National Weather Service Wilmington OH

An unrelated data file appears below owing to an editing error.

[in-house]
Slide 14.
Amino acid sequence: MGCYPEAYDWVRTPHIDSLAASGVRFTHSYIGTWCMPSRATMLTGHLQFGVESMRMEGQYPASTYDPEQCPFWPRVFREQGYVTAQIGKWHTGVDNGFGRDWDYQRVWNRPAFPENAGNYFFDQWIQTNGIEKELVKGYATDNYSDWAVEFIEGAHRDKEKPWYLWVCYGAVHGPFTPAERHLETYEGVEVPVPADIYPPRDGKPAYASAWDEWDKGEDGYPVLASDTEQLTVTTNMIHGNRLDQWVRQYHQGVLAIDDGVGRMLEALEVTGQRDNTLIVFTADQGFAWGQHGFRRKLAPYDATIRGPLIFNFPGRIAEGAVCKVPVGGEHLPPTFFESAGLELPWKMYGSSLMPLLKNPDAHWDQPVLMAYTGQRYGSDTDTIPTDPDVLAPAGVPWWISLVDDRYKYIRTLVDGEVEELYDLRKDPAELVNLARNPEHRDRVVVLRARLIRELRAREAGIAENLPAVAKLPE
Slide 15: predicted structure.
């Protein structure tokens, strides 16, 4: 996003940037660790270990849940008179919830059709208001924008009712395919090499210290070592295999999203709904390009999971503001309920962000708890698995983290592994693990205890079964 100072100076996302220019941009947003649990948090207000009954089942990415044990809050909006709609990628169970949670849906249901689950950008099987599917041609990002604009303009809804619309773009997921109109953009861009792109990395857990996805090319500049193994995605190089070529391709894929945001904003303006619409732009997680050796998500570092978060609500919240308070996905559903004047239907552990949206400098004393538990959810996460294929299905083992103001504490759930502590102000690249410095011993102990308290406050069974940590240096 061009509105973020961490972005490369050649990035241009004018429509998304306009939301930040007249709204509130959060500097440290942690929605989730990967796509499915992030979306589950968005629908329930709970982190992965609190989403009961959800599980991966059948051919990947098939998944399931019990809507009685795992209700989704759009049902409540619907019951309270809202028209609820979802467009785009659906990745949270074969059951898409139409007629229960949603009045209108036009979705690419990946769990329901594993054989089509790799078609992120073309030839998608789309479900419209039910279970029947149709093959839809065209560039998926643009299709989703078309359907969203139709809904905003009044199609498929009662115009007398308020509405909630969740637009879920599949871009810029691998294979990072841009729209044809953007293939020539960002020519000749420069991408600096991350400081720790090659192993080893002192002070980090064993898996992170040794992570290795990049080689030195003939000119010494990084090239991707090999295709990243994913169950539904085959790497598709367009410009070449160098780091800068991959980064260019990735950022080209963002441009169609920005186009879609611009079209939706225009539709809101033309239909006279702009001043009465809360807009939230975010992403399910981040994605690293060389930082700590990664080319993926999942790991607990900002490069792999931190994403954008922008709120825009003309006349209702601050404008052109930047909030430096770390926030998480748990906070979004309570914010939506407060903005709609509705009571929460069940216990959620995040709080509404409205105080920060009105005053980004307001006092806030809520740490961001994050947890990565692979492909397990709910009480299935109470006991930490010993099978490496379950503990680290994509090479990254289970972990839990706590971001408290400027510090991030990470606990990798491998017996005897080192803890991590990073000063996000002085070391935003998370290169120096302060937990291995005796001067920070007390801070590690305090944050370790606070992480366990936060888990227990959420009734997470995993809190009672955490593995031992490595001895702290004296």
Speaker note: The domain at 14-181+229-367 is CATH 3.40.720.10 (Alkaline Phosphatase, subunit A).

958 PM EDT Fri Sep 27 2019 .SYNOPSIS... A weak cold front will move southeast into the Great Lakes tonight, then south across the Ohio Valley region Saturday into Saturday night. A chance of showers and thunderstorms will be possible along and ahead of the front. High pressure will build back into the region through the first half of next week. This will lead to dry conditions and well above normal temperatures through mid week. && .NEAR TERM /UNTIL 6 AM SATURDAY MORNING/... Storms in northeastern Indiana produced an outflow boundary late this afternoon, which proceeded to progress across a fairly healthy chunk of the ILN forecast area over the next several hours. The air mass over the ILN CWA was not particularly favorable for convection, but a region of greater boundary layer moisture had advected northward along the IN/OH border, and provided just enough instability to allow the outflow to spark off a series of showers and storms. This activity has dissipated with the loss of diurnal heating, leaving dry conditions for a while. The next chance for precipitation appears to be across the central and eastern sections of the CWA in the 08Z-14Z time frame, with consistent signals from the HRRR and NAM that a shortwave will combine with increasing moisture near and just above the boundary layer to bring storm development. PoPs were increased slightly for this activity, especially along and east of US-23 around 12Z. Based on current trends, some slight upward adjustments were made to min temps. Previous discussion > Have issued an SPS for our northern/eastern zones through early evening where warm temperatures, low dewpoints/low RHs, gusty winds, and dry small fuels have brought a short term enhanced fire danger. Otherwise, will continue to watch convection to our northwest per mosaic radar. Convection should make west central Ohio by late afternoon or early evening before falling apart during the evening hours. Have a chance of showers/storms there. Otherwise, some debris clouds will overspread the north while the south remains mostly clear. For the overnight hours, a cold front will continue to move southeast into the Great Lakes. Embedded s/wv energy and a low level jet will bring renewed convection along and ahead of the front. CAMs suggest that some of this convection, perhaps generated by an outflow boundary, may propagate or develop across our north late. For our southern zones, it will remain mostly clear for a good part of the night. Then, models indicate broad but weak, moist ascent in the 925 mb-850 mb range (associated with a weak mid level s/wv) which should allow skies to become partly cloudy. Elevated instability may also result in a low chance of a shower or storm, especially across south central Ohio and northeast Kentucky. Overnight lows will range from the lower to upper 60s. && .SHORT TERM /6 AM SATURDAY MORNING THROUGH SATURDAY NIGHT/... Any convection ongoing in the east should wane or move east during the morning with a brief reprieve in the pcpn threat. Then, aforementioned cold front will make its way south into our northern zones during the afternoon. Stronger dynamics will remain to our north, but some moderate instability and weak low low level convergence will bring a chance of showers and thunderstorms to the north. SPC just skims our far east with a marginal risk for severe storms. This is due to moderate instability overlapping with some moderate shear. Coverage is too small to mention in the HWO at this time. Southern locations should remain dry on Saturday. It will be another very warm to hot day, especially south where the front will not have moved through. Highs will range from the lower 80s far northwest, to the lower 90s along and south of the Ohio River. A record high could be threaten at KCVG. For Saturday night, convection should wane during the evening as the front slowly sags south toward the Ohio River. An upstream s/wv and a low level jet may bring renewed convection to our west/northwest overnight, but it is unclear if this will make it into our area. Have gone dry with skies ranging from partly to mostly cloudy. Lows will range from the lower to the upper 60s. && .LONG TERM /SUNDAY THROUGH FRIDAY/... he extended period begins with a front stalled over the region. The NAM and GFS are taking an H5 s/w across Ohio on the northern edge of the upper ridge which is producing some scattered convection. The ECMWF and CMC keep any precipitation northwest of the area. Leaned towards the drier forecast, since we have had a hard time getting rainfall lately. Highs Sunday will range from the lower 80s in the far northwest to around 90 in nrn KY. The H5 ridge will continue to expand northward during the first part of next week, with the center of the ridge reaching the Tennessee Valley by Tuesday. This will bring dry weather and unseasonably hot temperatures. Forecast highs Monday will be in the upper 80s to the lower 90s Monday and lower 90s Tuesday. These readings will be 15 to 20 degrees above normal and could set records Tuesday. Forecast for Wednesday has changed a little. Models now are quicker in bringing a cold front into the region. The consensus is that it will have reached the northern counties by 00Z Thursday. This might bring isolated convection into the north. Highs will still be much above normal, ranging from upper 80s in the north to the lower 90s south. The front continues to push south Wednesday night into Thursday. This will bring lower temperatures and chance PoPs. Highs will range from the lower 70s in the far northwest to the lower 80s in the southeast. && .AVIATION /02Z SATURDAY THROUGH WEDNESDAY/... While generally quiet conditions are expected at the TAF sites through the forecast period, convection cannot be completely ruled out at several times in the next 24 hours. Storms over northern Indiana / northwest Ohio have been building southward this evening, but it is not expected that they will make it into the Dayton / Columbus airports as of now. Later in the overnight and early Saturday morning, there is a slightly greater chance for scattered showers and storms to develop near the Dayton / Wilmington / Columbus airports. A VCSH has been included here. Cincinnati is less likely to be affected. Outside of any possible precipitation, tracking wind shifts will be the only real concern to watch in the TAFs. Gusty winds this afternoon have diminished, and will remain out of the SSW through the overnight hours in the 5-10 knot range. These winds will increase slightly tomorrow out of the SW, before a cold front moves into the area tomorrow night. This front will eventually shift winds to the NE, with a period of light and variable winds before it arrives. This looks like it will occur just beyond the end of the current forecast period. There may also be some low level wind shear overnight in northern Indiana and northwest Ohio, but right now it does not appear it will be strong enough to include in the TAFs. OUTLOOK...No significant weather is expected. && .CLIMATE... Anomalously strong mid level ridge over the area late this weekend into next week. H5 heights look to be 1.5 to 2 standard deviations above normal. Temperatures are forecast to be 15 to 20 degrees above normal with temperatures approaching records next Monday,Tuesday and Wednesday. Records... SEP 30th CVG 92...year 1941 & 1953 DAY 94...year 1897 CMH 92...year 1953 OCT 1st CVG 88...year 1897, 1919 & 1927 DAY 93...year 1897 CMH 89...year 1952 OCT 2nd CVG 90...year 1919 DAY 90...year 1898 & 1900 CMH 88...year 1919 OCT 3rd CVG 89...year 1910 & 1919 DAY 93...year 1900 CMH 89...year 1898 & 1953 && .ILN WATCHES/WARNINGS/ADVISORIES... OH...None. KY...None. IN...None. && $$ SYNOPSIS...Hickman NEAR TERM...Hatzos/Hickman SHORT TERM...Hickman LONG TERM...Sites AVIATION...Hatzos CLIMATE...